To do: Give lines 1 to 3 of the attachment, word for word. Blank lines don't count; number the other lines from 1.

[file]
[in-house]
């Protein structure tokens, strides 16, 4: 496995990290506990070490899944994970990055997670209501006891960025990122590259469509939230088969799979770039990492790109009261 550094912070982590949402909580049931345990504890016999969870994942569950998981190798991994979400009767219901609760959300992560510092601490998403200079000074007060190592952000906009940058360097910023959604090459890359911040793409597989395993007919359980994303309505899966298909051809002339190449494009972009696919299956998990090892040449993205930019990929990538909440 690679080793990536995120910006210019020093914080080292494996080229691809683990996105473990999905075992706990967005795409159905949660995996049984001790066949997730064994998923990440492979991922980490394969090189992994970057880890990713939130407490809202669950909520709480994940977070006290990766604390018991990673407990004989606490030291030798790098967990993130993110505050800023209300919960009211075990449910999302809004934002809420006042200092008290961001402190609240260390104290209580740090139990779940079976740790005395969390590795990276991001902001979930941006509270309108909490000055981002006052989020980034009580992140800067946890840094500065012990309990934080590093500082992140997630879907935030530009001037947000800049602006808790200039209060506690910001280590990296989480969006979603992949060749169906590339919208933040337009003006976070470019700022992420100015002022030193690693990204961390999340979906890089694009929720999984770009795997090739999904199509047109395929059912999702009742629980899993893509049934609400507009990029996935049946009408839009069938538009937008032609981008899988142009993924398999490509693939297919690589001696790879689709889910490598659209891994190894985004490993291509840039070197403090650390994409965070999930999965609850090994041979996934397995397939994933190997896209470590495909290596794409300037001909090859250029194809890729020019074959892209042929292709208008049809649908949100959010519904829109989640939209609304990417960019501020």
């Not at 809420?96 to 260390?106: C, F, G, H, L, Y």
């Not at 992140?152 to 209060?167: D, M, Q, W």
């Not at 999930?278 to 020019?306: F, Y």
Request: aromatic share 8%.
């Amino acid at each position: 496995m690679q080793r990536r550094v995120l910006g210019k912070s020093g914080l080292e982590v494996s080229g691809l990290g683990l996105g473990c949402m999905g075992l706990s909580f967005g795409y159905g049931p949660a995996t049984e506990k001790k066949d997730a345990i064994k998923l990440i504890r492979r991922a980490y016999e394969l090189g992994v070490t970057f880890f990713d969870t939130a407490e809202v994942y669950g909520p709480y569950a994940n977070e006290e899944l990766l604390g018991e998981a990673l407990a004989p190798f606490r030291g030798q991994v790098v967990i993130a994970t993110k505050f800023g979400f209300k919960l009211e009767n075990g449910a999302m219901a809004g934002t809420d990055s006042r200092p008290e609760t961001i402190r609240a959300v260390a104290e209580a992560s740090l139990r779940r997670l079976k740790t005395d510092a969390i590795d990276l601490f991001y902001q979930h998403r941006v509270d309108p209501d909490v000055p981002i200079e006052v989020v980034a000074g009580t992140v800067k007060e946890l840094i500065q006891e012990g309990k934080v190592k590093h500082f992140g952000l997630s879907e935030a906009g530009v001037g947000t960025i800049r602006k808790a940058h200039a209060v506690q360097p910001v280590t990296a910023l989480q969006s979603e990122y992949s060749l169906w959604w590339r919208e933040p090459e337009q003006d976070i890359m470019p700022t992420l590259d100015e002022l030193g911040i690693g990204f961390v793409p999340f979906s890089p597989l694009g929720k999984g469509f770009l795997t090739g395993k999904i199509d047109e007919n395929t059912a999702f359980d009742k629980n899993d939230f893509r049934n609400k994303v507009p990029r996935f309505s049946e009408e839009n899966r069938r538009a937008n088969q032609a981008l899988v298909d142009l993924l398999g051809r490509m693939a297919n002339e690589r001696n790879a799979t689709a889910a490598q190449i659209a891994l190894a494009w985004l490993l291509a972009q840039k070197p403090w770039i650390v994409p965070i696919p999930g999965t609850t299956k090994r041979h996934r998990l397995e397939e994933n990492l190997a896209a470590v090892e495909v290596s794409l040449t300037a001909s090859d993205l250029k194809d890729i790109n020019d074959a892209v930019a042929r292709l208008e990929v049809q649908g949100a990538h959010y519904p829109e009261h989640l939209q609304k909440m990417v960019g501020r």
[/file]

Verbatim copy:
[in-house]
């Protein structure tokens, strides 16, 4: 496995990290506990070490899944994970990055997670209501006891960025990122590259469509939230088969799979770039990492790109009261 550094912070982590949402909580049931345990504890016999969870994942569950998981190798991994979400009767219901609760959300992560510092601490998403200079000074007060190592952000906009940058360097910023959604090459890359911040793409597989395993007919359980994303309505899966298909051809002339190449494009972009696919299956998990090892040449993205930019990929990538909440 690679080793990536995120910006210019020093914080080292494996080229691809683990996105473990999905075992706990967005795409159905949660995996049984001790066949997730064994998923990440492979991922980490394969090189992994970057880890990713939130407490809202669950909520709480994940977070006290990766604390018991990673407990004989606490030291030798790098967990993130993110505050800023209300919960009211075990449910999302809004934002809420006042200092008290961001402190609240260390104290209580740090139990779940079976740790005395969390590795990276991001902001979930941006509270309108909490000055981002006052989020980034009580992140800067946890840094500065012990309990934080590093500082992140997630879907935030530009001037947000800049602006808790200039209060506690910001280590990296989480969006979603992949060749169906590339919208933040337009003006976070470019700022992420100015002022030193690693990204961390999340979906890089694009929720999984770009795997090739999904199509047109395929059912999702009742629980899993893509049934609400507009990029996935049946009408839009069938538009937008032609981008899988142009993924398999490509693939297919690589001696790879689709889910490598659209891994190894985004490993291509840039070197403090650390994409965070999930999965609850090994041979996934397995397939994933190997896209470590495909290596794409300037001909090859250029194809890729020019074959892209042929292709208008049809649908949100959010519904829109989640939209609304990417960019501020």
């Not at 809420?96 to 260390?106: C, F, G, H, L, Y």